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Posted By bigbear,
Jan 25, 2013 at 9:51 AM
I'd say you are correct on both statements.
I'd agree with that - goes to the 'firing cushion' thing I mentioned in my first reply.
I recall a conversation with a person at Econoburn in which he told me the majority of their boilers were installed without storage a few years ago. Now the trend is the other way with nearly all of them being installed with some amount of storage.
That should tell you something.........
When I look at whats coming down the turnpike in the industry concerning regulations, I think that we will see some kind of mandate from EPA that all cordwood boilers must be sold with storage. On/off cycles are dirty. Period. It may be 3-5 years out yet........... Guessing that the recommended amount will be dictated by the btu output of the boiler being installed. (of course, that would make sense and we are talking about EPA here so draw your own conclusions)
Storage is nearly universal in Europe where they have been doing this a lot longer than we have.
The fact that you can go vertical with 1000 gallons will definitely help out your stratification in the tank. Before you spray it, think about how you might want to monitor the temperatures on the tank so you can get your probes right up against the metal. I find its amazingly helpful to know what the top, middle, and bottom of storage temps are.
I would think they would regulate boiler emissions tighter first before going the big jump to regulating required storage? That's a pretty significant upping of requirements for a lot of people & installations.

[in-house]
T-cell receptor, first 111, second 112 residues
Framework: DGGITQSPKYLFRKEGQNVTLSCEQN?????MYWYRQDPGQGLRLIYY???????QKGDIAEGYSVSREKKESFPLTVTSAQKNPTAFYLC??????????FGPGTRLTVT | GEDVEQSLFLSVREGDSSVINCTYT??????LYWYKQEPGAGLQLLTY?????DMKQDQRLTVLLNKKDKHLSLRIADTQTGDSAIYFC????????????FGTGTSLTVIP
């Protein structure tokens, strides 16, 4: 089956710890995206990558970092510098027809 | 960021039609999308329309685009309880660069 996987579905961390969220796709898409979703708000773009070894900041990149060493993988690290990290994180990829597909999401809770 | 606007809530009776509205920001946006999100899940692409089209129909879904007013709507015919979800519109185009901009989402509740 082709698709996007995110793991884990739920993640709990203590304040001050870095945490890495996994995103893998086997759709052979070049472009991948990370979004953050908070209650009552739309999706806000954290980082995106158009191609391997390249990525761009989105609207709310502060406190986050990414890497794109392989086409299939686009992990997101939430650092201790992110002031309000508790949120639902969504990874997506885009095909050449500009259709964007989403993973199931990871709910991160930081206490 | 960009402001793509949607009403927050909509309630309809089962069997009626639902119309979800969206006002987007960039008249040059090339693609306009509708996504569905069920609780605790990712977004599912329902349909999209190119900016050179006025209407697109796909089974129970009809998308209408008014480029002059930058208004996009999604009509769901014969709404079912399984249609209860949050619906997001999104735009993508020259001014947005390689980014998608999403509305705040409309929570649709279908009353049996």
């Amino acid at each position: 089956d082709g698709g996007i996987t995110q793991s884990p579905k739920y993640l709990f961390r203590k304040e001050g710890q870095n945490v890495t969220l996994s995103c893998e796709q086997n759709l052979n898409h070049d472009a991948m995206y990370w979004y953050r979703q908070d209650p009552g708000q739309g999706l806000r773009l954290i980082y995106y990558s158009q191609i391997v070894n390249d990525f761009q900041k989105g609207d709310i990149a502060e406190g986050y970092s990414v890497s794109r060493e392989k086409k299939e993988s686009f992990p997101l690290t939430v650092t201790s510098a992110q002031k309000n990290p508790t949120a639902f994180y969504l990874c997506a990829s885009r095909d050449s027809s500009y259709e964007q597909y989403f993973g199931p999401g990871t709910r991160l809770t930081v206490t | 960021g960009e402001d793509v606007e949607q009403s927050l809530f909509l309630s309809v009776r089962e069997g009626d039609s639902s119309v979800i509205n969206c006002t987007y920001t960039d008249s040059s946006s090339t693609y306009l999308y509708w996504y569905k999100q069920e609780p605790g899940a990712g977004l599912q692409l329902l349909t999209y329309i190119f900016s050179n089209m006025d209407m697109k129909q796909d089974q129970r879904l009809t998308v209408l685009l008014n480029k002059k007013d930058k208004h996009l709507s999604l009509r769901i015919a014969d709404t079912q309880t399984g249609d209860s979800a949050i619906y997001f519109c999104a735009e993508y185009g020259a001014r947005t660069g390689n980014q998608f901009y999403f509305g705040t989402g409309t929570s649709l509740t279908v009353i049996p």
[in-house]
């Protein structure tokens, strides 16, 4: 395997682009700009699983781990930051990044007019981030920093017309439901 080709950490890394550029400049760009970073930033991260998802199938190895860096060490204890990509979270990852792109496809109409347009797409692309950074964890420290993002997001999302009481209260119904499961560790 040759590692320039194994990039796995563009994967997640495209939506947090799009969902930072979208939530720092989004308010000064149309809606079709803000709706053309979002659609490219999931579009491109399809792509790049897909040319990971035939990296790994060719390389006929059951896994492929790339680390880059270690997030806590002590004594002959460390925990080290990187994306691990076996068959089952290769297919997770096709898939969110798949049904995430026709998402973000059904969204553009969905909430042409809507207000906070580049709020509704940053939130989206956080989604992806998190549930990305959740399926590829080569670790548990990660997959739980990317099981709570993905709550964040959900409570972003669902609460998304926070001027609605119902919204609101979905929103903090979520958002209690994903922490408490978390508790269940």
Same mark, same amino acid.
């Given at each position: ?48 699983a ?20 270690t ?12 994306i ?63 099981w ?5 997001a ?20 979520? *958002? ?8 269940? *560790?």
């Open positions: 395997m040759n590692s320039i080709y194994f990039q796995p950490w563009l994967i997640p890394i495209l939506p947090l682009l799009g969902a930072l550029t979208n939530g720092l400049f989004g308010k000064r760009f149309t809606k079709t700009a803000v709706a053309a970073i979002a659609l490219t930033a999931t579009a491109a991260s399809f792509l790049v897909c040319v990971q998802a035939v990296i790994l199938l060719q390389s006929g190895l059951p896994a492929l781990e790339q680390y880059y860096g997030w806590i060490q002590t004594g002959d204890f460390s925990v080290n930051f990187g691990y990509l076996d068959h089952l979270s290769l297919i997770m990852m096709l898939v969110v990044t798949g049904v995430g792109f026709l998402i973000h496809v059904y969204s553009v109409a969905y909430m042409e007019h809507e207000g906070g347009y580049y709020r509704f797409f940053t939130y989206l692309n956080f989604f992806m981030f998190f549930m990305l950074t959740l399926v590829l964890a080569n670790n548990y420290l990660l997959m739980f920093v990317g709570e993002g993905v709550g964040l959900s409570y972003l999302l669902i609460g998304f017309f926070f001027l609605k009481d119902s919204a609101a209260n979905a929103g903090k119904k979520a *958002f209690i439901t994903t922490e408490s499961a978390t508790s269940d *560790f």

Or do you mean they would regulate required storage but still allow 'dirty' boilers but they be tied to the required storage?
Not sure where in PA you are, but you may be close not only to AHS, but also AHONA and Smokeless Heat. Just in case you dont see what you were hoping for at the home show. For a few more miles, you could head up to check out Econoburn also.
My guess would be that they would use language that isnt clear and is vague enough to not really solve the problem. Like "All newly installed solid fuel boilers shall be installed with a means to prevent excessive cycling of the burn process." Or "boilers shall be connected to a suitable thermal storage battery to minimize the amount of time spent outside the ideal combustion zone".
Something goofy that means different things to different people.
But here in NY they already made it illegal to have a conventional outdoor boiler, and you now need one that is EPA white tag certified. It wouldnt surprise me if eventually they try to move to regulate indoor boilers and woodstoves also. If people would just be good neighbors and not smoke everyone out, these problems wouldnt happen. (IMO)
i think i would like at least three sensor and i am open to suggestions of what products to use to moniter temps. I have not looked into this yet. I suspect there are options for probes into the tank as well as sensors affixed to the outside of tank.
There are some good threads about monitoring storage temps, and I stole my setup from others on here. I used temperature sensors off of eBay, and they are just strapped to my tanks in three locations with heavy duty HVAC tape and thermal grease. Depending on what the tank has for openings, you may be able to use temperature wells, which is what I would do if they were already in place.
My sensors were from Sure Electronics. Not too happy that they were straight from China, but for the cost and their performance so far, I really cant complain.
Thermal grease - I think I need some of that for my sidearm thermostat I've got rigged up (a flat thermostat on a 3/4 round valve body doesn't seem to be working the best). Here comes another search...
Radio shack or a computer store should have it. Its the stuff designed for getting heat transfer between microchips and heat sinks.
Not sure if that would work out well for your situation or not Maple.... But it probably couldnt hurt. Im not sure if there is some conductive silly putty that you could stick in there that would help or not...